PORT LANDS ENVIRONMENTAL RESTORATION UPDATE
Temporary closure of Portions of the Martin Goodman Trail and the East Parking
Lot at Cherry Beach
The Toronto Waterfront Revitalization Corporation (TWRC) and the Toronto Economic
Development Corporation (TEDCO) are now undertaking environmental restoration work
in the area of Cherry Beach as part of an
overall environmental m
anagement strategy for
the Port Lands.
From April - May, 2007, portions of the Martin Goodman Trail, as well as the entire east
parking lot at Cherry Beach, will be closed so the environmental restoration work can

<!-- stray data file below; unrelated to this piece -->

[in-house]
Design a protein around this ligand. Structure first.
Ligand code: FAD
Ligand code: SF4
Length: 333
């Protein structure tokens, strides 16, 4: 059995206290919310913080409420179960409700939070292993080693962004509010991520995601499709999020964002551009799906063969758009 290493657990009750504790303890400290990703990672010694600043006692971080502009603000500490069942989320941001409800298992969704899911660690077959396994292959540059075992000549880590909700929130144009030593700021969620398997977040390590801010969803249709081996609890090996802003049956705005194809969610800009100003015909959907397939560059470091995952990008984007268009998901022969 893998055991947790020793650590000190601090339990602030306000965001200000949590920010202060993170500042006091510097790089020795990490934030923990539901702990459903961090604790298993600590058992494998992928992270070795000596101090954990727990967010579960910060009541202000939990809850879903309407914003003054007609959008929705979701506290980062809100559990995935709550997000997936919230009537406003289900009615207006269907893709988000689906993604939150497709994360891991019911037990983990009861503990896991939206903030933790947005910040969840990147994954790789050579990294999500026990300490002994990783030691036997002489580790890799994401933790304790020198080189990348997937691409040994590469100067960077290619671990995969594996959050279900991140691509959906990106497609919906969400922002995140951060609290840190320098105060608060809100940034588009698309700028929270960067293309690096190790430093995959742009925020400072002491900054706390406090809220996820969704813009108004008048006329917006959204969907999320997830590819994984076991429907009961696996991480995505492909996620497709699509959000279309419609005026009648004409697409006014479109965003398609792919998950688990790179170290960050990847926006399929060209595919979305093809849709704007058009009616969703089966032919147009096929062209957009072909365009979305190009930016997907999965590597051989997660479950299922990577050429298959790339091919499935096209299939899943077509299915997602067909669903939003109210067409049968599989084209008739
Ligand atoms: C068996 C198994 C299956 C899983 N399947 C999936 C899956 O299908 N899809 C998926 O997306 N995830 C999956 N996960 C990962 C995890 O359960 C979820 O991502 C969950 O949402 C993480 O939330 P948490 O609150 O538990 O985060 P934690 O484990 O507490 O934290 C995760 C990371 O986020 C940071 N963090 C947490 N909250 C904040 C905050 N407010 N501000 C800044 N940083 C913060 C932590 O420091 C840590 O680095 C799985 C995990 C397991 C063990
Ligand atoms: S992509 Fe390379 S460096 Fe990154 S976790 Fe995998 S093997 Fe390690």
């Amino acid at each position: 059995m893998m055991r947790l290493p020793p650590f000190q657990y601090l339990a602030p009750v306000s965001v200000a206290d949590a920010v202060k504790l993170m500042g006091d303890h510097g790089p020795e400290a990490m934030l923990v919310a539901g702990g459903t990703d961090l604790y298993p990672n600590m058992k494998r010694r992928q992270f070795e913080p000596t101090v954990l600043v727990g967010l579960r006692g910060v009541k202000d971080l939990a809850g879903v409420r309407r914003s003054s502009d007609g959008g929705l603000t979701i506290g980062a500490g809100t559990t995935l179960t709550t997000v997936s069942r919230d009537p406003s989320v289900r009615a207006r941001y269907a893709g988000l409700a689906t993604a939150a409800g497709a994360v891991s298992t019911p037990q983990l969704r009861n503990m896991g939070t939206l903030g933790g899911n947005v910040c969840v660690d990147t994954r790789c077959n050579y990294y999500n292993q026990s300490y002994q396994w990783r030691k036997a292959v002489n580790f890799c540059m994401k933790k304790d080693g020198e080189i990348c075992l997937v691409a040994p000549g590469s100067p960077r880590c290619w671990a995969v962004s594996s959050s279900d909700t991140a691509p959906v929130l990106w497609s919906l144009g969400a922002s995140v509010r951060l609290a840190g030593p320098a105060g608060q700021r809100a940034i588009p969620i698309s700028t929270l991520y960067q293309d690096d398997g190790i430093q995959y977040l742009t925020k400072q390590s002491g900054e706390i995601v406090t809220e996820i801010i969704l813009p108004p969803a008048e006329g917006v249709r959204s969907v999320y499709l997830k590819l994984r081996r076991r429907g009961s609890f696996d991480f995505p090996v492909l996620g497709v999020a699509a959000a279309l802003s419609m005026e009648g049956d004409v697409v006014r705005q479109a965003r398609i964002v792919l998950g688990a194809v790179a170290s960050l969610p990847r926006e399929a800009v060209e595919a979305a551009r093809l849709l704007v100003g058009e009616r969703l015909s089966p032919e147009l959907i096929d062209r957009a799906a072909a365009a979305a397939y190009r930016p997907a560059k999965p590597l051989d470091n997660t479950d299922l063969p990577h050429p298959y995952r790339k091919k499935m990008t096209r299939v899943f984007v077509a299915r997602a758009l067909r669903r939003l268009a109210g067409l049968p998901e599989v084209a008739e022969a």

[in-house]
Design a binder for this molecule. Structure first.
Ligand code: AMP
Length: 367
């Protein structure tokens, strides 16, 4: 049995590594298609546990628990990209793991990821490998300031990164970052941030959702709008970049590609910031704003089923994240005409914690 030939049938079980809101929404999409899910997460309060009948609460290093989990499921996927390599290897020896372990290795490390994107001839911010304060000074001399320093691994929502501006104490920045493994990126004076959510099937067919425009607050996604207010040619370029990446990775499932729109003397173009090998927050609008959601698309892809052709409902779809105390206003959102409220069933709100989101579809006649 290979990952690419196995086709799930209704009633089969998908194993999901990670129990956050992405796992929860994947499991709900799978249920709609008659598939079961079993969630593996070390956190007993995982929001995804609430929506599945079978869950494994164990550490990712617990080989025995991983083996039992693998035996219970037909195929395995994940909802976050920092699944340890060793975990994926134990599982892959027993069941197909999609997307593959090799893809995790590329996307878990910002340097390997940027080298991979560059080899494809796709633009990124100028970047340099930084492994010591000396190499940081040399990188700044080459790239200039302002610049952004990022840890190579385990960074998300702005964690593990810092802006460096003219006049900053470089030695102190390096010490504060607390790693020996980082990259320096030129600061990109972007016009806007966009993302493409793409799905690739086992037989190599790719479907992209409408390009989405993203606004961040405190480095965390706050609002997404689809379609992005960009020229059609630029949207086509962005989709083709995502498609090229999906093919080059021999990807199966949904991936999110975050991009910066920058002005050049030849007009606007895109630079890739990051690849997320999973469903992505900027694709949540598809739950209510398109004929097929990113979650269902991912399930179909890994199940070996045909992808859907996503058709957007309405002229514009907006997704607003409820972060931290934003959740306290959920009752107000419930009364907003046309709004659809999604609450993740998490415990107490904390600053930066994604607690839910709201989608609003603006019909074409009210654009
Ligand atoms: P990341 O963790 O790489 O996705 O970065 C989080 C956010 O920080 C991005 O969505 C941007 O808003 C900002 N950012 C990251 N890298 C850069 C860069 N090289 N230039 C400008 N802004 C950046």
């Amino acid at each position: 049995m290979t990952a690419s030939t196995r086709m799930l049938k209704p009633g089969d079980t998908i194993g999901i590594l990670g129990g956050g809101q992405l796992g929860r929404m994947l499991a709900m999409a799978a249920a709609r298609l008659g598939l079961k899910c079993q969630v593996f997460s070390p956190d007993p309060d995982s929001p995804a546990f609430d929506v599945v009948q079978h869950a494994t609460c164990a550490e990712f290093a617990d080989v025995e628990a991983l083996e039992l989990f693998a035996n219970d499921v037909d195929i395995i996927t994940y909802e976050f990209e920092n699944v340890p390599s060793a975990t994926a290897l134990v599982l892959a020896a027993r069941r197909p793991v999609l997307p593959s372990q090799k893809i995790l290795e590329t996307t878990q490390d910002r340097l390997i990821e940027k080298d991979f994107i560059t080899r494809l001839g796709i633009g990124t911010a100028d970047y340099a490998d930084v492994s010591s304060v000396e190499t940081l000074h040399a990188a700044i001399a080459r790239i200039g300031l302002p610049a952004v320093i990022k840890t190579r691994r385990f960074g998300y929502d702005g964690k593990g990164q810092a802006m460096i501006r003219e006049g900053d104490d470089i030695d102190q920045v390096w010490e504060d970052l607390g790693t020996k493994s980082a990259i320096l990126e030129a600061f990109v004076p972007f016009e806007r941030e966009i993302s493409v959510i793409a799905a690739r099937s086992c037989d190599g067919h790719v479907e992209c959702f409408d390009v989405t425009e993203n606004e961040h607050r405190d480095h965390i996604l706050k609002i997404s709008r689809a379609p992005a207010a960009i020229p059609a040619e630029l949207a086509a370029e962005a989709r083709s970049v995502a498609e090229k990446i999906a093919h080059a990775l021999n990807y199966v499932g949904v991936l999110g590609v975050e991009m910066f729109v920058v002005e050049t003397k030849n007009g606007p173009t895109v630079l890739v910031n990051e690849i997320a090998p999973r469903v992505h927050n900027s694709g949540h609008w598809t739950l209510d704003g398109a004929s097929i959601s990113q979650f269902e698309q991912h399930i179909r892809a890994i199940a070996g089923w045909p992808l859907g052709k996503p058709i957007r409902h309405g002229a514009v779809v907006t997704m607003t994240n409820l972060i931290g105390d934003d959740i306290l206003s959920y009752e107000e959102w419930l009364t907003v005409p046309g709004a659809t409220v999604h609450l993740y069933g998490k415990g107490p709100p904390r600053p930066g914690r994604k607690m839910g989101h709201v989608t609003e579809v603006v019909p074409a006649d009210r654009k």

take place.
A temporary fence will be set up in the eastern portion of Cherry Beach, securing the
area south-west of the former Safety Kleen facility at 115 Unwin Avenue to Lake Ontario.
The work is necessary to remove contaminants that are floating on the groundwater.
Proven technologies are being used to address the contamination. This involves digging
trenches and installing a pumping system to pump the contaminated groundwater to a
treatment station on the former Safety
Kleen site where the contaminants will be
screened, filtered, and treated appropriately. The contaminated material will then be
securely shipped to a licensed treatment facility on a regular basis.
A remedial action plan outlining this work has been submitted to the Ontario Ministry of
the Environment (MOE) for review.
During this work period, there will be no access to the beach parking lot east of Cherry